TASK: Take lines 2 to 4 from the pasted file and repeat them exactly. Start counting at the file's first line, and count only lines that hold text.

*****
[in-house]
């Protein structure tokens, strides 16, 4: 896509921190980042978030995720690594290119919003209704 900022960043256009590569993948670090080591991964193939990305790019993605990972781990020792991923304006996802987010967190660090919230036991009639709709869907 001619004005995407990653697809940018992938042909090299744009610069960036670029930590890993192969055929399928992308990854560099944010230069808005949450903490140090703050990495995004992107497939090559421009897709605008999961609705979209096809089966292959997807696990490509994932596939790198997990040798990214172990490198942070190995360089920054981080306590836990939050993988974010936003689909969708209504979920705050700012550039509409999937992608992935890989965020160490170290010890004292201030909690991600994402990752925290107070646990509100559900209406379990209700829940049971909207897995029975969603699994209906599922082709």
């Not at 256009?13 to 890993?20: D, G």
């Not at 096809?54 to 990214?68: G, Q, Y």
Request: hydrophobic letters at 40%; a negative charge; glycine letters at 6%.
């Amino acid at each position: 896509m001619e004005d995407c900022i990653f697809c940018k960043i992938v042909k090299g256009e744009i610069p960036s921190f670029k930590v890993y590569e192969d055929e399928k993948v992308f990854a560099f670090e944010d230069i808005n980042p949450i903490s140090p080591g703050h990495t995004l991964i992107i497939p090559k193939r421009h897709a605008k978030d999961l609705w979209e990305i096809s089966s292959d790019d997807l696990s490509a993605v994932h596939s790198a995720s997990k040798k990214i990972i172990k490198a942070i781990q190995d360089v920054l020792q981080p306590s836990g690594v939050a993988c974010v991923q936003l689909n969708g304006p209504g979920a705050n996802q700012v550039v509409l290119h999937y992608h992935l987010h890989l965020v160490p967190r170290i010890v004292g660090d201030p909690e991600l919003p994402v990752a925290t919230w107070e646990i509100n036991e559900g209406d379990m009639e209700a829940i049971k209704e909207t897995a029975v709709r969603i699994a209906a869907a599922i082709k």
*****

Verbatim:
């Protein structure tokens, strides 16, 4: 896509921190980042978030995720690594290119919003209704 900022960043256009590569993948670090080591991964193939990305790019993605990972781990020792991923304006996802987010967190660090919230036991009639709709869907 001619004005995407990653697809940018992938042909090299744009610069960036670029930590890993192969055929399928992308990854560099944010230069808005949450903490140090703050990495995004992107497939090559421009897709605008999961609705979209096809089966292959997807696990490509994932596939790198997990040798990214172990490198942070190995360089920054981080306590836990939050993988974010936003689909969708209504979920705050700012550039509409999937992608992935890989965020160490170290010890004292201030909690991600994402990752925290107070646990509100559900209406379990209700829940049971909207897995029975969603699994209906599922082709």
């Not at 256009?13 to 890993?20: D, G």
């Not at 096809?54 to 990214?68: G, Q, Y």